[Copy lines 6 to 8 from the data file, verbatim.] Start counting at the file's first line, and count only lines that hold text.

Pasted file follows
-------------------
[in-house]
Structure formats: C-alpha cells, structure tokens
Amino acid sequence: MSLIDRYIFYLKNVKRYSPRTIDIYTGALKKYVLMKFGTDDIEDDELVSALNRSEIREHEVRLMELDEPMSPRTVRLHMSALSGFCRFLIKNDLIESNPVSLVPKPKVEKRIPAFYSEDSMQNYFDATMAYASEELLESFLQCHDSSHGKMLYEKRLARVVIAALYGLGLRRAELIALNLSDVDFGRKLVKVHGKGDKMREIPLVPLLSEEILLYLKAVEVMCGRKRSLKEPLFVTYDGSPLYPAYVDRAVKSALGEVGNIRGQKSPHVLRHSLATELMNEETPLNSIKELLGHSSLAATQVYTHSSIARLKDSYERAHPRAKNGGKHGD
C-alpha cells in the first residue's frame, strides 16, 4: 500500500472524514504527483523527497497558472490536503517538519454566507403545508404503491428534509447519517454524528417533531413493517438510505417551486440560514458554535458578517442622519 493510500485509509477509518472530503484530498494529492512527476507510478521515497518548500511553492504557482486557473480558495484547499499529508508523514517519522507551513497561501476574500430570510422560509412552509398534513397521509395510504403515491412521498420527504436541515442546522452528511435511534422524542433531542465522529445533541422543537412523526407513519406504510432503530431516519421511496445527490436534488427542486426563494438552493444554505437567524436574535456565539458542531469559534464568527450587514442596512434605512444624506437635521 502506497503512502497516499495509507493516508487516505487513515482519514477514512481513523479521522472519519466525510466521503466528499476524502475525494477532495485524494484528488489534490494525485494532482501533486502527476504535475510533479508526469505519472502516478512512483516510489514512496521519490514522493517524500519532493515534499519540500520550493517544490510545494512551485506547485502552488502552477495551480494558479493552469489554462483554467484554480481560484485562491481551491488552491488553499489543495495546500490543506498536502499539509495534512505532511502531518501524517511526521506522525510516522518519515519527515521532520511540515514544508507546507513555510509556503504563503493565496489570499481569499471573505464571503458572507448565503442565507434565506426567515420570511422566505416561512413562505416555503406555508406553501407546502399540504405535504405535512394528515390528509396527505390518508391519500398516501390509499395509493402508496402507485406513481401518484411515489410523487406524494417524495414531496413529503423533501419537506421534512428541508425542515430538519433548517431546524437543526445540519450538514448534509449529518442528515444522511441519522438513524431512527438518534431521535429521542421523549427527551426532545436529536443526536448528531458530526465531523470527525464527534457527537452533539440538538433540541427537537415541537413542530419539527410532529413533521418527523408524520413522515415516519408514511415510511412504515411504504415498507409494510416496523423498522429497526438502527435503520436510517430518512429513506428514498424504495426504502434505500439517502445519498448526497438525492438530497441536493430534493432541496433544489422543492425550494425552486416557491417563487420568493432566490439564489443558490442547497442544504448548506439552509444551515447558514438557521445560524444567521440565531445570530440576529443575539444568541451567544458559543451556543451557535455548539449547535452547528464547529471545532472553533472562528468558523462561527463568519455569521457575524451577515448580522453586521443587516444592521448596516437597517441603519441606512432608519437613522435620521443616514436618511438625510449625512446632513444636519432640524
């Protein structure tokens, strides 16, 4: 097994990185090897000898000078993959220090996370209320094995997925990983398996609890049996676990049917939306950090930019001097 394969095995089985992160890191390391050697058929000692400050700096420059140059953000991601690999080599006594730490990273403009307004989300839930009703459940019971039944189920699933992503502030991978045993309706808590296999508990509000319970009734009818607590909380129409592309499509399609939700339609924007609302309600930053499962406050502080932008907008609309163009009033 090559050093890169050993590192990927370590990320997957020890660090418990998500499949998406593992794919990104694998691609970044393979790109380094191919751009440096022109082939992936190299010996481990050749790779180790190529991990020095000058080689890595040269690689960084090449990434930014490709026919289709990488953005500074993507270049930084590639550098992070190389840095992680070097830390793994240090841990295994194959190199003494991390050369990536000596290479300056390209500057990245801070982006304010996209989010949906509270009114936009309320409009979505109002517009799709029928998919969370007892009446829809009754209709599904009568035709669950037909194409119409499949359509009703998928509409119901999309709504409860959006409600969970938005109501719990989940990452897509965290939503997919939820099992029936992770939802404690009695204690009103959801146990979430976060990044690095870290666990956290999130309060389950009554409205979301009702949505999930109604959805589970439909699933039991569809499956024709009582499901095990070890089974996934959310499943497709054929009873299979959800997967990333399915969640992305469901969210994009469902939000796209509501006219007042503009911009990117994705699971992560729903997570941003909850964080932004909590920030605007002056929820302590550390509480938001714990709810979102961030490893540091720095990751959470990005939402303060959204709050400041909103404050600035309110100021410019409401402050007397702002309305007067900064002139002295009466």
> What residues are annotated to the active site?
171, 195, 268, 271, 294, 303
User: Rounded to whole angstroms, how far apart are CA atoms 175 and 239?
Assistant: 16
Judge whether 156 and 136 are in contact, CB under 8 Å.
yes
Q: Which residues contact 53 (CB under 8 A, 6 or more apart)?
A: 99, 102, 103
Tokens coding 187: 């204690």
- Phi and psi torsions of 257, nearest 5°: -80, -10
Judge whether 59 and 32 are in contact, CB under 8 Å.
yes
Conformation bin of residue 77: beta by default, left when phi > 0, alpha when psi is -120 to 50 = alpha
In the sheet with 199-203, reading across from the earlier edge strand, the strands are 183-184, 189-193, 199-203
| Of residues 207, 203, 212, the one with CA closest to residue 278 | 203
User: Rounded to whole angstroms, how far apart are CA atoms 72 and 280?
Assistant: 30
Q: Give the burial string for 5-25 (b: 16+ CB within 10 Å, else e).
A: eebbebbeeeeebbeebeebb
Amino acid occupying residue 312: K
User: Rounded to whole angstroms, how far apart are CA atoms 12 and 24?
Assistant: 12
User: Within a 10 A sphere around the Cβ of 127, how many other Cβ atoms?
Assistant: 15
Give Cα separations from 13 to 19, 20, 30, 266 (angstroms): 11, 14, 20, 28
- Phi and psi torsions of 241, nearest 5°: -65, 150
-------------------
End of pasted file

> What residues are annotated to the active site?
171, 195, 268, 271, 294, 303
User: Rounded to whole angstroms, how far apart are CA atoms 175 and 239?